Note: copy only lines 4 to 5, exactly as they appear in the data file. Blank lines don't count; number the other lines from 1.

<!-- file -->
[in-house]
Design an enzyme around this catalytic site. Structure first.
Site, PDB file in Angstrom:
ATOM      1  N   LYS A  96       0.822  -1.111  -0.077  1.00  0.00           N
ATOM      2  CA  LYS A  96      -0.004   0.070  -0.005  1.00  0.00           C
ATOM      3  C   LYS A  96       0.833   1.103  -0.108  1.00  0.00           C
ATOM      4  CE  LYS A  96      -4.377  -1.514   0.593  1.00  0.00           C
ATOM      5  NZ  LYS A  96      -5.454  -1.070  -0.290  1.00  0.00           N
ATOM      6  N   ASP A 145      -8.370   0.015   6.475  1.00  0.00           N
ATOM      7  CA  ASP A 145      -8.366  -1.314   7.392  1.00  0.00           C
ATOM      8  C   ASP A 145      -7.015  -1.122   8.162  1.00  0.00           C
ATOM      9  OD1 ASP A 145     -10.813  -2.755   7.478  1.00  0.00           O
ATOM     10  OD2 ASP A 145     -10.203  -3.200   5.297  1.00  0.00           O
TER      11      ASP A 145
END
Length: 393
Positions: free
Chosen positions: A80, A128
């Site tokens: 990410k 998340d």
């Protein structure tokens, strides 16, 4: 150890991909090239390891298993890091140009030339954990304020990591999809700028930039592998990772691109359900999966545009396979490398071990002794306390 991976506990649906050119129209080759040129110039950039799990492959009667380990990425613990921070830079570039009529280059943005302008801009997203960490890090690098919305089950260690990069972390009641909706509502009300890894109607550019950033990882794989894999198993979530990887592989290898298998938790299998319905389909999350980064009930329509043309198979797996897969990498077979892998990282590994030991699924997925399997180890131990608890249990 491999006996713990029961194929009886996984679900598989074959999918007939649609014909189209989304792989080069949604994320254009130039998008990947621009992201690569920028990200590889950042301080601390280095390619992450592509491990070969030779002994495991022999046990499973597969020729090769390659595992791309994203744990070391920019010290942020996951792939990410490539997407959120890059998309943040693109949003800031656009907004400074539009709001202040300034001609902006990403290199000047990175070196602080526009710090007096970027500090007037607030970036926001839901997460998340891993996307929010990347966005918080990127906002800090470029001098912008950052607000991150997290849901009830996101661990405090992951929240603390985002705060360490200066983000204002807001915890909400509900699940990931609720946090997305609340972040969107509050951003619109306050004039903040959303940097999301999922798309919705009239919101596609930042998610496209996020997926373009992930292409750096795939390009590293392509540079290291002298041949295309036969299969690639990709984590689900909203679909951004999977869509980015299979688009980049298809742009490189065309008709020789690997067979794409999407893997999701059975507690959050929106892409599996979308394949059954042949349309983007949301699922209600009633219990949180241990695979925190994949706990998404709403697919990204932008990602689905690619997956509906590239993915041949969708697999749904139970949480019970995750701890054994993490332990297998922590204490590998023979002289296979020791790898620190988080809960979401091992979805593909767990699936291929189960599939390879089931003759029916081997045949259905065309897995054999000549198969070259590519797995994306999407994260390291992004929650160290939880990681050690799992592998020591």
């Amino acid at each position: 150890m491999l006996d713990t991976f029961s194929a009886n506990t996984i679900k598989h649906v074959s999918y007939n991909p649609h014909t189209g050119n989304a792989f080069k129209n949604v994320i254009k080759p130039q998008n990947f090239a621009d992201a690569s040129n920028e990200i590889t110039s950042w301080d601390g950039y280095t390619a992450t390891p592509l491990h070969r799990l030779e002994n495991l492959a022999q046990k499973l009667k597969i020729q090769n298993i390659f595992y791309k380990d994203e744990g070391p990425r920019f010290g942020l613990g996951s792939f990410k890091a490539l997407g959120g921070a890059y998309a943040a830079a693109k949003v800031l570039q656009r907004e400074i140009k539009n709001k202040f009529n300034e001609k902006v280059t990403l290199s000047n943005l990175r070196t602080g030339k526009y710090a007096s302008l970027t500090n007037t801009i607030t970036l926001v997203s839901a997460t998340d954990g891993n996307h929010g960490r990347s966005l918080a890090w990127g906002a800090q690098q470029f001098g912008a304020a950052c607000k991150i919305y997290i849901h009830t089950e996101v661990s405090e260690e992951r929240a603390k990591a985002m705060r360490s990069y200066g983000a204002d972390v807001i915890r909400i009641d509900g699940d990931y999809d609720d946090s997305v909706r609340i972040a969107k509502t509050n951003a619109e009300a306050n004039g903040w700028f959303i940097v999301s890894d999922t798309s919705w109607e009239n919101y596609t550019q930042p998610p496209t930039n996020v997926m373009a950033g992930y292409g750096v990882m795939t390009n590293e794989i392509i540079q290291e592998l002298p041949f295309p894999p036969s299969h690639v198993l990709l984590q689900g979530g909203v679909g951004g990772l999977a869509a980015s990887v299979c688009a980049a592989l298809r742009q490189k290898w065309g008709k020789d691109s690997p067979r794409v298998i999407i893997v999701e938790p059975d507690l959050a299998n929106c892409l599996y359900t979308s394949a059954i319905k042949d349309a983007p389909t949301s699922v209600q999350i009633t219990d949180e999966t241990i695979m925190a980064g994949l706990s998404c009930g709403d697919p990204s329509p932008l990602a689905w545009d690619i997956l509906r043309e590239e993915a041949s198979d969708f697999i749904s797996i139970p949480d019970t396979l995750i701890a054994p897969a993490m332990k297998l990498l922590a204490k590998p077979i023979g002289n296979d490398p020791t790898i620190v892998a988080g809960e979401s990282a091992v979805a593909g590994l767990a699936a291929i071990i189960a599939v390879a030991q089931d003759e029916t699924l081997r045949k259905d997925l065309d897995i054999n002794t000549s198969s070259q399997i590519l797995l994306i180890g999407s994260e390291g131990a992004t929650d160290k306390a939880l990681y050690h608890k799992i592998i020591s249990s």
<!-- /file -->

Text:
ATOM      1  N   LYS A  96       0.822  -1.111  -0.077  1.00  0.00           N
ATOM      2  CA  LYS A  96      -0.004   0.070  -0.005  1.00  0.00           C